Crime Magazine is about true crime: organized crime, celebrity crime, serial killers, corruption, sex crimes, capital punishment, prisons, assassinations, justice issues, crime books, crime films and crime studies.
A proposed bill that would require Washington to compensate the wrongfully convicted for every year they served in prison is being considered by the state's legislature.
For the third time in as many years, Rep. Tina Orwall, D-Des Moines, is sponsoring a bill that would compensate exonerees who prove intentional misconduct by state officials $50,000 for each year spent behind bars, an additional $50,000 for each year spent on death row and $25,000 for each year spent on parole or as a registered sex offender.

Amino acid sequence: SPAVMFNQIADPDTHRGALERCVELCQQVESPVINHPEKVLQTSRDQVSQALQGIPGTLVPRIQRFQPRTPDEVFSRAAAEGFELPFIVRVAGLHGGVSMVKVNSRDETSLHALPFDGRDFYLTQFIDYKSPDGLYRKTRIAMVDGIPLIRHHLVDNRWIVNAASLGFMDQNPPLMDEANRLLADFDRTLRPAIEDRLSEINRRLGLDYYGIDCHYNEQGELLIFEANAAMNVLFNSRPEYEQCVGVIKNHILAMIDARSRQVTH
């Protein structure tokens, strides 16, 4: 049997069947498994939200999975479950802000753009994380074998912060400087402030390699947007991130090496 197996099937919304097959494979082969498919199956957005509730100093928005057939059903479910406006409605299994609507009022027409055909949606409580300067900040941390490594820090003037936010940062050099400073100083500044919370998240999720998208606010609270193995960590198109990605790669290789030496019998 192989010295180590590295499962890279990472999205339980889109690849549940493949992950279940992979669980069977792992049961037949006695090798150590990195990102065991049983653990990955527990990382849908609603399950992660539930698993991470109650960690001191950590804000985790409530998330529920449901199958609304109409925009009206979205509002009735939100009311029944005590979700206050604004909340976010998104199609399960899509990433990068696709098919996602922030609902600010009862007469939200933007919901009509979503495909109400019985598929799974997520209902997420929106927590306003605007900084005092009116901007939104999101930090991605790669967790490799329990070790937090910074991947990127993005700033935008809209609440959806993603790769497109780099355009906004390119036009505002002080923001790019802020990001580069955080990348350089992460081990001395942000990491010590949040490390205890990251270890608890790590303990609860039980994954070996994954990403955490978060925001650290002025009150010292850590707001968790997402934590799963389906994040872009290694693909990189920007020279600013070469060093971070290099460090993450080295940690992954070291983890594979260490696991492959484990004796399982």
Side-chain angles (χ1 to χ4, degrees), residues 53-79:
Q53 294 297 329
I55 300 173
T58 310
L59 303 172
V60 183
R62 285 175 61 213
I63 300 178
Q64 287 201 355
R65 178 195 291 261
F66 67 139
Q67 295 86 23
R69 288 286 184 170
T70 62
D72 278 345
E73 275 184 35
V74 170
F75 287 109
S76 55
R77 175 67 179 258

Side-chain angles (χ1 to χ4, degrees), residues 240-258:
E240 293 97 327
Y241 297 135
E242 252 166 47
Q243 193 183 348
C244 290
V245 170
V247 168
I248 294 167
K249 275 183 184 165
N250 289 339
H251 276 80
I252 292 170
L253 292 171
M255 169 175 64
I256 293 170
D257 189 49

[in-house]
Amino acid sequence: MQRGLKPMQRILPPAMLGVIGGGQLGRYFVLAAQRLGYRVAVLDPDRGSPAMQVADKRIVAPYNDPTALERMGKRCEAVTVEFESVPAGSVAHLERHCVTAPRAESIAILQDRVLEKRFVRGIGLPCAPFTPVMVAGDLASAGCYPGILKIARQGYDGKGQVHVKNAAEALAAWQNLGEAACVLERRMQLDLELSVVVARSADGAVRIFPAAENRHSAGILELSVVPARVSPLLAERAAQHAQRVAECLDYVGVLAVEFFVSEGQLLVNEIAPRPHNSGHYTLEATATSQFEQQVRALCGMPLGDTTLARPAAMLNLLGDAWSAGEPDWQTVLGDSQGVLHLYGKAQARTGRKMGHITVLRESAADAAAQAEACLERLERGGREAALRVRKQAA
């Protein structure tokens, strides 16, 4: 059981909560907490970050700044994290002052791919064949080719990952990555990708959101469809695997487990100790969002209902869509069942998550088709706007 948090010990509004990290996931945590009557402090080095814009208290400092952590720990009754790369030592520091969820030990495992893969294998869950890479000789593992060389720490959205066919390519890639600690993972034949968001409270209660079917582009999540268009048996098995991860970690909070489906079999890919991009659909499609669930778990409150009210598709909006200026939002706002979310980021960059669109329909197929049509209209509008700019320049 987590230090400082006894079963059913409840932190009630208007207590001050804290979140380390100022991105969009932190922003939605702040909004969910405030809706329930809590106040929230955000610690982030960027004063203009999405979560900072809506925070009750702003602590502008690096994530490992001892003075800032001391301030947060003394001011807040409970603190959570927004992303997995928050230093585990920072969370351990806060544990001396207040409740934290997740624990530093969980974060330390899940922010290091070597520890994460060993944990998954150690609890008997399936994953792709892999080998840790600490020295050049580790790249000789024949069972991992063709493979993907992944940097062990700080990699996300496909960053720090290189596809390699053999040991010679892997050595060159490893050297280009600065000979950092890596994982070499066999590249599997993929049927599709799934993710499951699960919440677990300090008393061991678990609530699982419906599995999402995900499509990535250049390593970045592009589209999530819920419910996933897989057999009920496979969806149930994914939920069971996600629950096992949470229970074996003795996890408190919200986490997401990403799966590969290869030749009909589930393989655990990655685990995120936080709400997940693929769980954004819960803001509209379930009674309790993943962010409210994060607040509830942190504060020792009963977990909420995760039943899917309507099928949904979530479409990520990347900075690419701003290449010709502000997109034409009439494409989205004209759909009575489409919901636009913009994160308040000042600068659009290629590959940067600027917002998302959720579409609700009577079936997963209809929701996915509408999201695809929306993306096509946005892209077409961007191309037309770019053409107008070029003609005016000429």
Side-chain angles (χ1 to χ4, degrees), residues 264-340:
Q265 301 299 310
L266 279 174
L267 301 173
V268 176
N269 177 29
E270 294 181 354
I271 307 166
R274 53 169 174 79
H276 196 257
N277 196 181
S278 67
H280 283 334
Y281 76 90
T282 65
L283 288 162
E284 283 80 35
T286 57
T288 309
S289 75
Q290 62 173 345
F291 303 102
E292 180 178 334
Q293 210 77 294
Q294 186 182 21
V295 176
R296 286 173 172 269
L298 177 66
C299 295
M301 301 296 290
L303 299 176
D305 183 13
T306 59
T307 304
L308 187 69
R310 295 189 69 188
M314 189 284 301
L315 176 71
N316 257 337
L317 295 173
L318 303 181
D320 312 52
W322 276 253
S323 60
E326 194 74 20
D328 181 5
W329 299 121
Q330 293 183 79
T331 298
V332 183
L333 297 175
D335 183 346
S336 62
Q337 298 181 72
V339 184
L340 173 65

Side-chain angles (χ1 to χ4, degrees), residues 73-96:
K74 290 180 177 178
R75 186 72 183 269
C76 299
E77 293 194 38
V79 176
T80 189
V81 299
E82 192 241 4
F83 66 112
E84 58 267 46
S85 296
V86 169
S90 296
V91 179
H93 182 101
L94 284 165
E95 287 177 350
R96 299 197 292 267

If passed, House Bill 1341 would benefit Alan Northrop who spent 17 years in prison for a rape he did not commit before being cleared by DNA evidence. He had missed out on watching his three children grow up. When he was finally proven innocent and released, Northrop was immediately straddled with about $50,000 worth of child support. The Seattle Times reports:
House Bill 1341 would nearly match the federal compensation standard which entitles wrongfully convicted inmates to up to $50,000 per year they served in federal prison and $100,000 for each year spent on death row. The bill failed in previous sessions because of a sizable budget gap, but with a lower deficit, both Republicans and Democrats have signed on this year. If it passes, Washington could become the 28th state to have a compensation statute, though the award amounts vary greatly.
Read the full article.
More about House Bill 1341.
Read more about Northrop's case.